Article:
Composer Tarik O’Regan‘s Heart of Darkness  will receive it’s U.S. premiere in San Francisco’s Z space by Opera Parallèle early May 2015. The opera was developed by AOP for several years, starting in 2006, and received it’s world premiere in London in collaboration with with Opera East, OperaGenesis and the Royal Opera House in the Linbury Studio Theater of the Royal Opera House in 2011. Adapted from the novella by Joseph Conrad by librettist Tom Phillips, Heart of Darkness is a powerful opera that portrays the greedy world of ivory smugglers in Central Africa as narrated by the central character, Marlow. In this new production, the plot unfolds through a series of short, fast-paced scenes that gradually increase in tension, as Marlow’s tale approaches its climax. O’Regan grew up in London, where he was born in 1978, spending some of his childhood in Morocco and Algeria. His music, recorded on over 25 albums and nominated for two GRAMMY’S®, is published exclusively by Novello & Co./G. Schirmer, Inc.

AS ONE photo 4 by Ken Howard for AOP

Kelly Markgraf, Sasha Cooke, and members of the Fry Street Quartet, BAM, 2014. Photo by Ken Howard

Finally, AOP’s recent production of As One will tour to the Caine College of the Arts, part of Utah State University in Logan, Utah. After its September production and premiere at BAM, the critical response has been overwhelmingly positive with critics declaring it “a piece that haunts and challenges” (Opera News), “artistically distinguished, socially important” (WQXR), and “satisfying in an entertaining and delicately moving way” (NY Observer). In the chamber opera by composer Laura Kaminsky, librettist Mark Campbell and librettist/filmmaker Kimberly Reed, a mezzo-soprano and a baritone depict the experiences of its sole transgender protagonist, Hannah, as she endeavors to resolve the discord between her self and the outside world. The work featured performances by Sasha Cooke, Kelly Markgraf, and The Fry Street Quartet, stage direction by Ken Cazan, and music direction by Steven Osgood.


Heart of Darkness orchestral suite premieres in London

March 29, 2013
Tarik O'Regan

Tarik O’Regan

When Heart of Darkness (developed by AOP) premièred at the Royal Opera House’s Linbury Studios in 2011 it met with great acclaim for its ‘music of startling beauty’ (The Observer) and ‘a magical and haunting sound-world’ (The Telegraph).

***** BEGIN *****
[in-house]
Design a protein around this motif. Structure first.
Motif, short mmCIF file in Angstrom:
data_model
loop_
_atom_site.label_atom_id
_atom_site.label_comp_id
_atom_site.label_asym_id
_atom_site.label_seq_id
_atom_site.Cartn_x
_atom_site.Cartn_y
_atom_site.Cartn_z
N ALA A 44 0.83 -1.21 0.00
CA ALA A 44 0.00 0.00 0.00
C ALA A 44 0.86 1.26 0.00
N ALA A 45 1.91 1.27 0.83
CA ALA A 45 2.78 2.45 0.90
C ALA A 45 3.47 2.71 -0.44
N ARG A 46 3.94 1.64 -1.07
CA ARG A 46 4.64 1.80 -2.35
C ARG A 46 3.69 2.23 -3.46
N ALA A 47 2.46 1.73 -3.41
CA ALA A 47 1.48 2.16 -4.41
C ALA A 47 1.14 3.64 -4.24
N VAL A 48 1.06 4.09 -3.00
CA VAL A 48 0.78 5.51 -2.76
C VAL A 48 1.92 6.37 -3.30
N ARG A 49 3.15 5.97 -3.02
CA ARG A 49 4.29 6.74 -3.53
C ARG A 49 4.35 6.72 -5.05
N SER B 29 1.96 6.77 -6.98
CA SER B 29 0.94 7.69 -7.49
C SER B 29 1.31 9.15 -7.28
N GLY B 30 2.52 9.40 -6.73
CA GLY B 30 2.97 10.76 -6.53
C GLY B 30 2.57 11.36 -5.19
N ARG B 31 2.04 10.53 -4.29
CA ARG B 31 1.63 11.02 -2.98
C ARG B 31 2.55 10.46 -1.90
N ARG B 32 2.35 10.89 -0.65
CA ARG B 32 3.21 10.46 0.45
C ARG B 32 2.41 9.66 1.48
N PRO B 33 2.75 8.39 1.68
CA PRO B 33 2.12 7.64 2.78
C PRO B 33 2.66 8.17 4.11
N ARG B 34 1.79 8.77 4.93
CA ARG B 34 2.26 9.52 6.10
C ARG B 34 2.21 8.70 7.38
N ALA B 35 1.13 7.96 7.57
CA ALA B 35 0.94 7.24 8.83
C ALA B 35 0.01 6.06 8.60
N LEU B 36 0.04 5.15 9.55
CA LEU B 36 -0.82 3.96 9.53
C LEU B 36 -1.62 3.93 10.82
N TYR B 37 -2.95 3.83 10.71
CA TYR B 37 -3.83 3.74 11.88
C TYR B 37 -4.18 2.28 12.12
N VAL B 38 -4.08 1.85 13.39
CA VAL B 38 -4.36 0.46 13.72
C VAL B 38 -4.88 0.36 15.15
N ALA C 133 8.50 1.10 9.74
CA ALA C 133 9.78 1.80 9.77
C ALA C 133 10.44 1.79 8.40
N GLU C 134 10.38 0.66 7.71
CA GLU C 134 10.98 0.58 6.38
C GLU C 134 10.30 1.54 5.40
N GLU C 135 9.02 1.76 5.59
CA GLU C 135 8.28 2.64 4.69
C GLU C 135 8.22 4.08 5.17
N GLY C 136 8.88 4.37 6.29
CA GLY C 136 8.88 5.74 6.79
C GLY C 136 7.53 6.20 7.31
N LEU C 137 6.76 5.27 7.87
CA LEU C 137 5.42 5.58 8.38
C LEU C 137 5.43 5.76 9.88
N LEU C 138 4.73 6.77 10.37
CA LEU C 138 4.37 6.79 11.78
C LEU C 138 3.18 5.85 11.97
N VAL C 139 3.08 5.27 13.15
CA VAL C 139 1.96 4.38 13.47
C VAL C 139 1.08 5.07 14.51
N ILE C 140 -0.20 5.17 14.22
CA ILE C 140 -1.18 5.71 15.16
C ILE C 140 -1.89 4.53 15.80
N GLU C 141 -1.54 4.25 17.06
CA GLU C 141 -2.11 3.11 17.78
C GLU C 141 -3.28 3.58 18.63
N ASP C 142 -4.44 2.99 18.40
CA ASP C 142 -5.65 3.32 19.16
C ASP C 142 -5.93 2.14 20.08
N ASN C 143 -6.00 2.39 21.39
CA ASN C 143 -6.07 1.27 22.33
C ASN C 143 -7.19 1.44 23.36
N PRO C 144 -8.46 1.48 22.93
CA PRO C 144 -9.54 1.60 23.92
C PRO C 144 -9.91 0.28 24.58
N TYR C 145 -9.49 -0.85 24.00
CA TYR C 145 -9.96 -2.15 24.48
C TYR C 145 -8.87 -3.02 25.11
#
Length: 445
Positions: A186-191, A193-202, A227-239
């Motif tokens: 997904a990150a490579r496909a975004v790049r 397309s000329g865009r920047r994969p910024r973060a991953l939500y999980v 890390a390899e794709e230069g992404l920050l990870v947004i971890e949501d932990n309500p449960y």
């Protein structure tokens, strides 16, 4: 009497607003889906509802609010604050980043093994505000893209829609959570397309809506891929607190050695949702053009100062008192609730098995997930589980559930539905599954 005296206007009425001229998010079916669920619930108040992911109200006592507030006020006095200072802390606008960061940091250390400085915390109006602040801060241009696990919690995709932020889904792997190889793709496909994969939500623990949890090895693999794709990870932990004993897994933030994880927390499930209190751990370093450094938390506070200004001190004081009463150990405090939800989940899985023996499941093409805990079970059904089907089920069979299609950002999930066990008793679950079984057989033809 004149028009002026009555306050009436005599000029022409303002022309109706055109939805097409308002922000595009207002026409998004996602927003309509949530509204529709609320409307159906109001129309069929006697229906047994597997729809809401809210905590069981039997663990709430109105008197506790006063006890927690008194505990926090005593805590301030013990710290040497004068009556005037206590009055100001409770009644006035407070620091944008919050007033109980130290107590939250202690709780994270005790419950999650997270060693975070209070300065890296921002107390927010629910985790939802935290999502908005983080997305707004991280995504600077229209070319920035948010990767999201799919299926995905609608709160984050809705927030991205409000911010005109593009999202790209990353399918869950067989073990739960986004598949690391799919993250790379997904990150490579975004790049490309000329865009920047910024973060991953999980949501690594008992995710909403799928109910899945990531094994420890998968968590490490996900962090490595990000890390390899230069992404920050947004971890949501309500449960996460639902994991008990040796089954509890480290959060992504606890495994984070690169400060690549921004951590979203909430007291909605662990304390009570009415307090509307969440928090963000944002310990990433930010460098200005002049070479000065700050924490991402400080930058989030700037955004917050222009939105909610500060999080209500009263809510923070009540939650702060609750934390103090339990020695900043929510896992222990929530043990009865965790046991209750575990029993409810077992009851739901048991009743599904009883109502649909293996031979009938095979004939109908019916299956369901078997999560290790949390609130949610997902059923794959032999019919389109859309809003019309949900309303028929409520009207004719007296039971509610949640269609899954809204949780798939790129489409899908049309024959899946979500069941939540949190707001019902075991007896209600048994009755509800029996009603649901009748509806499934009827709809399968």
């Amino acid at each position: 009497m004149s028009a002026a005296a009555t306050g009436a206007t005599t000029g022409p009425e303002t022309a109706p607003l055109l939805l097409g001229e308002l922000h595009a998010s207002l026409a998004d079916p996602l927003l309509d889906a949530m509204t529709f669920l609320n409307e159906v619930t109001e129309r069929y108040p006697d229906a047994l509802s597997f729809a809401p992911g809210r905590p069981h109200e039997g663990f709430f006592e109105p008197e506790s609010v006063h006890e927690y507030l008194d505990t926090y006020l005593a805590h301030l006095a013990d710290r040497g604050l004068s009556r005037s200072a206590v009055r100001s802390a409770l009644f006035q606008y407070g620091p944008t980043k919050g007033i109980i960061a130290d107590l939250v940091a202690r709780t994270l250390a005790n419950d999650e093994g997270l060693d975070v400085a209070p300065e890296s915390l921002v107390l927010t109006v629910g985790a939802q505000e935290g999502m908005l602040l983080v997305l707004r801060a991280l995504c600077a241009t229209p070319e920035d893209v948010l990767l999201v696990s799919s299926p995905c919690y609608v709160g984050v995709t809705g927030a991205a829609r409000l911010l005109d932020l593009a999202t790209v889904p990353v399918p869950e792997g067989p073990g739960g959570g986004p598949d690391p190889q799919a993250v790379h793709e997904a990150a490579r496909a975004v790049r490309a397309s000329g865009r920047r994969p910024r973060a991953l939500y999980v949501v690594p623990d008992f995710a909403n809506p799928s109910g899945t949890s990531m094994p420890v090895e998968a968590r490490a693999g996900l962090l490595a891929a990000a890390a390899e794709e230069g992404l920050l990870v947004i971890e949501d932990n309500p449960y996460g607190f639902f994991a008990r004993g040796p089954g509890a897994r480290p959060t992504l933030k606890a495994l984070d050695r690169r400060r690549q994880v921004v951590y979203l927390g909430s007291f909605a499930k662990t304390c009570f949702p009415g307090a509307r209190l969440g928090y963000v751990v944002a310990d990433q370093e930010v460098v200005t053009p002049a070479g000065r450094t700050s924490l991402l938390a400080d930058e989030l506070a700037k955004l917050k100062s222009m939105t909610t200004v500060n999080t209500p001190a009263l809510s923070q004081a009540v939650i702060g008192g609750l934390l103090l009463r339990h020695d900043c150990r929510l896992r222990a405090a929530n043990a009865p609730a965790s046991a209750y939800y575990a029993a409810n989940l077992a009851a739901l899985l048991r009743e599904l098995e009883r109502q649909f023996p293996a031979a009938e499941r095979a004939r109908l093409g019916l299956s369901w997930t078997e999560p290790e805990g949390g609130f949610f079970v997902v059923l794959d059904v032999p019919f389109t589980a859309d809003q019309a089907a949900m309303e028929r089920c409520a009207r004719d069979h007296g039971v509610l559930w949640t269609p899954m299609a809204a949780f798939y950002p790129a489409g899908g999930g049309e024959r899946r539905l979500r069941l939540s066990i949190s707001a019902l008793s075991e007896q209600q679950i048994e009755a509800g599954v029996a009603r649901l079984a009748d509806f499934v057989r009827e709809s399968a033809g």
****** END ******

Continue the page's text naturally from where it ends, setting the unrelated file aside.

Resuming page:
Composer Tarik O’Regan has now developed Suite from Heart of Darkness for orchestra and narrator. Tom Phillips, the original librettist, has worked closely from Joseph Conrad’s novella to create the text.

The London première of Suite from Heart of Darkness will be held at Cadogan Hall on Tuesday 23rd April at 7.30pm. The concert is part of the Royal Philharmonic Orchestra’s Resident Season, will be conducted by Nicholas Collon and narrated by Sam West. Seats can be reserved here.

Go on Tarik’s website for more detail.


Heart of Darkness Nominated for SBSA Award

April 5, 2012

Heart of Darkness world premiere logo

The World Premiere of Tarik O’Regan’s one-act opera Heart of Darkness (with libretto by Tom Phillips, based on the novella by Joseph Conrad) was nominated for a South Bank Sky Arts Award* this past week, “one of the world’s most coveted arts awards…celebrating the best of British culture and achievement.”  The ceremony will be held at The Dorchester (London) on May 1, 2012, hosted by English broadcaster and author Melvyn Bragg.

Heart of Darkness was first developed by AOP from 2006-08, before beginning preparations for its World Premiere at the Royal Opera House’s Linbury Studio Theatre in November 2011, co-produced by Opera East and the Royal Opera House.

For additional information, read the press articles from Chester Novello, Genesis Foundation, and The Bookseller.

*(Can’t find it on the nominee list?  Scroll down to the “Literature” heading and look at the last line; the “Opera” heading was accidentally listed in the middle.)


O’Regan/Phillips open their “Heart” to praise at London premiere

November 11, 2011

"Superb": Alan Oke, right, as Marlow, with the "splendid" Sipho Fubesi, front left, in Tarik O'Regan's The Heart of Darkness. Photograph: Tristram Kenton

The maiden voyage into Heart of Darkness is complete! On November 1, the AOP-developed chamber opera from Tarik O’Regan and Tom Phillips premiered at London’s Royal Opera House in a co-production by ROH2 and Opera East. AOP Artistic Director Charles Jarden, Managing Director and Board President Bob Lee and several members of the AOP Board were there at the Linbury Studio Theater to see the creators take their bows with so much joy and pride that they barely noticed that they were up to their ankles in the set’s water-filled stage.